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Impact of storage temperature and time on Moldavian dragonhead oil – spectroscopic and chemometric analysis

  • Oniszczuk, Tomasz1
  • Matwijczuk, Arkadiusz2
  • Matwijczuk, Alicja2
  • Kocira, Sławomir3
  • Niemczynowicz, Agnieszka4
  • Combrzyński, Maciej1
  • Wójtowicz, Agnieszka1
  • Kuboń, Maciej5
  • Kusz, Andrzej6
  • Oniszczuk, Anna7
  • 1 Department of Thermal Technology and Food Process Engineering, University of Life Sciences in Lublin, Doświadczalna 44, 20-280 , (Poland)
  • 2 Department of Physics, University of Life Sciences in Lublin, Akademicka 13, 20-950 , (Poland)
  • 3 Department of Machinery Exploitation and Production Process Management, University of Life Sciences in Lublin, Głęboka 28, 20-400 , (Poland)
  • 4 Department of Analysis and Differential Equations, Faculty of Mathematics and Computer Science, University of Warmia and Mazury, Słoneczna 54, PL-10-710 , (Poland)
  • 5 Department of Agricultural Engineering and Informatics, Faculty of Production Engineering and Energetics, University of Agriculture in Krakow, ul. Balicka 116B 30-149 , (Poland)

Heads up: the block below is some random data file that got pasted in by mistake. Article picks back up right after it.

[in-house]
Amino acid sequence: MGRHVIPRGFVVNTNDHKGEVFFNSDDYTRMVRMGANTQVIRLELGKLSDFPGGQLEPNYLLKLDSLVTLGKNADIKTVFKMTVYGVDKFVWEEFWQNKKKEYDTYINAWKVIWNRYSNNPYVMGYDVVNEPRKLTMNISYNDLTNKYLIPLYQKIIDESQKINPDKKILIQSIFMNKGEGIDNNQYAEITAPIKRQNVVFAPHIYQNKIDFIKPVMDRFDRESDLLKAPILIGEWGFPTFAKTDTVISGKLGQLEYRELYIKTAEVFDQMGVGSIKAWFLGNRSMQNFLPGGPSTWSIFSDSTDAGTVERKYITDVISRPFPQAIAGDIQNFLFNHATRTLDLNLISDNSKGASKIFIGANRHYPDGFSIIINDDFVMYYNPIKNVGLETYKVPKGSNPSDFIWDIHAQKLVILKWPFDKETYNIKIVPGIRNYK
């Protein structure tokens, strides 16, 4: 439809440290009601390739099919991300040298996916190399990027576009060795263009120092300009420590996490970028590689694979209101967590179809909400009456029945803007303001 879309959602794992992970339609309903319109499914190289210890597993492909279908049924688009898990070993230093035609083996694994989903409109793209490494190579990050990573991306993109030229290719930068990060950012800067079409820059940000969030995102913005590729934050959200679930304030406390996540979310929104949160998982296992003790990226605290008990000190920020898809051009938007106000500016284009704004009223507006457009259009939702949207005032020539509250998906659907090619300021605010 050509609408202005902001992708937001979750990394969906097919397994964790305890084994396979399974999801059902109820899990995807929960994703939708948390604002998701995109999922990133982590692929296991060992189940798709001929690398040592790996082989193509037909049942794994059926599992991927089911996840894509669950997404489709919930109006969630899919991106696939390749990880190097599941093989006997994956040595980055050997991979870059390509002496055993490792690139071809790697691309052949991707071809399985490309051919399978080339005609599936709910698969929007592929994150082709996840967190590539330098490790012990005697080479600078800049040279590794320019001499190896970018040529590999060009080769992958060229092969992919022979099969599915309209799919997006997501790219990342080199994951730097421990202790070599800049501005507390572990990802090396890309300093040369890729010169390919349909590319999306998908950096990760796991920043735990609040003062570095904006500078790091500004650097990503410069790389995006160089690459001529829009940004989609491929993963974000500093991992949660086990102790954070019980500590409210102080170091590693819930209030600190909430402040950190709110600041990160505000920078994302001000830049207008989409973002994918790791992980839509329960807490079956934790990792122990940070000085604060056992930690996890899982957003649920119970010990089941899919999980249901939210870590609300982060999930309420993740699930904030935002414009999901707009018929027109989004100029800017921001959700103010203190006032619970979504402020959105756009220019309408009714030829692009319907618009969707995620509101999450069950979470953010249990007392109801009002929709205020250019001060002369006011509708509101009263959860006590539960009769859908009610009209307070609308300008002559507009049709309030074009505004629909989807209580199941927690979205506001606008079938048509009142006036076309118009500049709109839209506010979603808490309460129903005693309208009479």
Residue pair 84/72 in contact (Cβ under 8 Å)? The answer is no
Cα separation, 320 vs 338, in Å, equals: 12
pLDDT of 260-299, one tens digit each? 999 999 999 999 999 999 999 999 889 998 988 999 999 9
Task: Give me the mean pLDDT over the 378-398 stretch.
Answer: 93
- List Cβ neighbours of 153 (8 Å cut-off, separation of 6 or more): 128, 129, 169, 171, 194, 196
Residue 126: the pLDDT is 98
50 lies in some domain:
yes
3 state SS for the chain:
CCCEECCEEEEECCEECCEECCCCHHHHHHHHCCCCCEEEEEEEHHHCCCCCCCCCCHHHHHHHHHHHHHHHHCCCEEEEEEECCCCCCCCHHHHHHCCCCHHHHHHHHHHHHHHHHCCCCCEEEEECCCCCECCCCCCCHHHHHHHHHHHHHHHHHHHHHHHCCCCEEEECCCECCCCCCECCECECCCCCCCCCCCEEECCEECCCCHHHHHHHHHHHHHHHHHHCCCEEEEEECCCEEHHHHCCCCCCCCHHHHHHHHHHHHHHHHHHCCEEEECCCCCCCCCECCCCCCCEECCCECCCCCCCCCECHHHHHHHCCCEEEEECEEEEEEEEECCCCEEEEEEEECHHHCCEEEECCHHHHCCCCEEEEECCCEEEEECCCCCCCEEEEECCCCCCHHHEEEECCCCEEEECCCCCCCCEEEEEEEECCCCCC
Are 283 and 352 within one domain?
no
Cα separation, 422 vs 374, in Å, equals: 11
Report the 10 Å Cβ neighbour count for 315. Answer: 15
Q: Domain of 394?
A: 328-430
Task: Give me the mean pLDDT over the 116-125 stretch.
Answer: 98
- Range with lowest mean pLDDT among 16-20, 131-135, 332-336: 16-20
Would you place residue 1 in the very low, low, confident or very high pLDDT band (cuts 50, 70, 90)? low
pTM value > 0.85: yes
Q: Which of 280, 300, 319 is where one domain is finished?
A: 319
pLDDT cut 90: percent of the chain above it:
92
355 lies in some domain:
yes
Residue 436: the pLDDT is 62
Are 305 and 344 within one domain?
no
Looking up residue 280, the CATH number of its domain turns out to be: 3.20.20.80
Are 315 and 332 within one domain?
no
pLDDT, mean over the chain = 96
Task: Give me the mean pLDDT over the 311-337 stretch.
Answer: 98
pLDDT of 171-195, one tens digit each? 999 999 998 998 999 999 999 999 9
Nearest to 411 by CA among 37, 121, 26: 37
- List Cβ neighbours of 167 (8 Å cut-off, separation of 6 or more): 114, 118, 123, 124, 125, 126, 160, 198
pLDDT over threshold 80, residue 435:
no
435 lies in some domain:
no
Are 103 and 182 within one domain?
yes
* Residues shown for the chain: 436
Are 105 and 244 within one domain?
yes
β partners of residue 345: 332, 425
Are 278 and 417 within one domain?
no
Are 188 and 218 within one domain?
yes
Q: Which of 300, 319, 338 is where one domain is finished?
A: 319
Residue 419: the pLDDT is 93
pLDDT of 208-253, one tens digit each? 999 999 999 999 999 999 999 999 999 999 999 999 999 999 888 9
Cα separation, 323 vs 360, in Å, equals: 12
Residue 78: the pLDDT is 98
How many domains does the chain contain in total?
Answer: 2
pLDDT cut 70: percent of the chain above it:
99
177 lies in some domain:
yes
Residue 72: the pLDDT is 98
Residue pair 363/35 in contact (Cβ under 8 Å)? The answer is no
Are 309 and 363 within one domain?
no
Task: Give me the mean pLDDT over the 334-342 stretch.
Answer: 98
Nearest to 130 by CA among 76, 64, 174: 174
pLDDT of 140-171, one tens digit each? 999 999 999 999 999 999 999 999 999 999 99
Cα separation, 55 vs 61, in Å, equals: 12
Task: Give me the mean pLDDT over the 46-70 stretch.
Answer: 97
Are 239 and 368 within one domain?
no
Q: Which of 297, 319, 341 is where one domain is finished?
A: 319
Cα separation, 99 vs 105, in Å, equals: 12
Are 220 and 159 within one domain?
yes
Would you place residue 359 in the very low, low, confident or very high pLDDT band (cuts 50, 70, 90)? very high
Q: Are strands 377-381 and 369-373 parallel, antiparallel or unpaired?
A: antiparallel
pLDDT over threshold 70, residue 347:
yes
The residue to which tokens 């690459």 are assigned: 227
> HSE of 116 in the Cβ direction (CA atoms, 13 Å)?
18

• 6 Department of Technology Fundamentals University of Life Sciences, Doświadczalna 50A, 20-680 , (Poland)
  • 7 Department of Inorganic Chemistry, Medical University of Lublin, Chodźki 4a, 20-093 , (Poland)
Published Article
Open Chemistry
Walter de Gruyter GmbH
Publication Date
Aug 27, 2019
DOI: 10.1515/chem-2019-0080
De Gruyter


Moldavian dragonhead (Dracocephalum moldavica L.) is a plant endemic to Asia where it has been used for centuries for the production of essential oils. With the constantly growing demand for vegetable fats it is necessary to find new methods of ensuring their high quality from the moment of production until their eventual purchase by the consumer. Correct assessment of the quality of oleaginous products is therefore one of the intensively explored scientific problems that stimulates the development of innovative methods of analysing such substances. One of the newer and, most importantly, faster alternatives in the context of analysing the quality of oil and the changes it undergoes during storage is offered by FTIR spectroscopy (Fourier-Transform Infrared spectroscopy). By measuring the relevant FTIR spectra, we were able to observe clear discrepancies in the intensity of bands characteristic of the aging processes taking place in the oleaginous samples due to the oxidation of their fat fractions. The chemometric analysis of FTIR spectra confirmed the high quality of the analysed oils. It is noteworthy that the analysed samples of Moldavian dragonhead oil did not show particularly extensive changes in terms of their FTIR spectra during long-term storage. It confirms their high durability and usability in food production as an excellent product. This is valuable information in order to make progress in the use of Moldavian dragonhead oil in food products.

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